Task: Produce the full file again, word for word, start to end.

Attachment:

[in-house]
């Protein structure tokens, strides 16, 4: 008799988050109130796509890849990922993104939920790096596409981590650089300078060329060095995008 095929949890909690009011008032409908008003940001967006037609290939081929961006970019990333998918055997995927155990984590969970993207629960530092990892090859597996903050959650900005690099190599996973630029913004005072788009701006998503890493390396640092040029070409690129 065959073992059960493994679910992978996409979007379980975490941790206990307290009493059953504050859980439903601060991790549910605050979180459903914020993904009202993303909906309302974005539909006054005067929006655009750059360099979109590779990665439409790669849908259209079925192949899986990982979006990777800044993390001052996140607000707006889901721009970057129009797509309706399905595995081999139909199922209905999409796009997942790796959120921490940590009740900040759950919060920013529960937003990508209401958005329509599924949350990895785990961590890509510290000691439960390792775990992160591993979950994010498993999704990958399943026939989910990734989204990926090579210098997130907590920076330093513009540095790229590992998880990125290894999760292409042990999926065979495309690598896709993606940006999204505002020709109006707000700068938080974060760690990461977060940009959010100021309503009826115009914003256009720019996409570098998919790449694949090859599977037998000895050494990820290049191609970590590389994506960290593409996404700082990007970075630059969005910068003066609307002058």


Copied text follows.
[in-house]
């Protein structure tokens, strides 16, 4: 008799988050109130796509890849990922993104939920790096596409981590650089300078060329060095995008 095929949890909690009011008032409908008003940001967006037609290939081929961006970019990333998918055997995927155990984590969970993207629960530092990892090859597996903050959650900005690099190599996973630029913004005072788009701006998503890493390396640092040029070409690129 065959073992059960493994679910992978996409979007379980975490941790206990307290009493059953504050859980439903601060991790549910605050979180459903914020993904009202993303909906309302974005539909006054005067929006655009750059360099979109590779990665439409790669849908259209079925192949899986990982979006990777800044993390001052996140607000707006889901721009970057129009797509309706399905595995081999139909199922209905999409796009997942790796959120921490940590009740900040759950919060920013529960937003990508209401958005329509599924949350990895785990961590890509510290000691439960390792775990992160591993979950994010498993999704990958399943026939989910990734989204990926090579210098997130907590920076330093513009540095790229590992998880990125290894999760292409042990999926065979495309690598896709993606940006999204505002020709109006707000700068938080974060760690990461977060940009959010100021309503009826115009914003256009720019996409570098998919790449694949090859599977037998000895050494990820290049191609970590590389994506960290593409996404700082990007970075630059969005910068003066609307002058």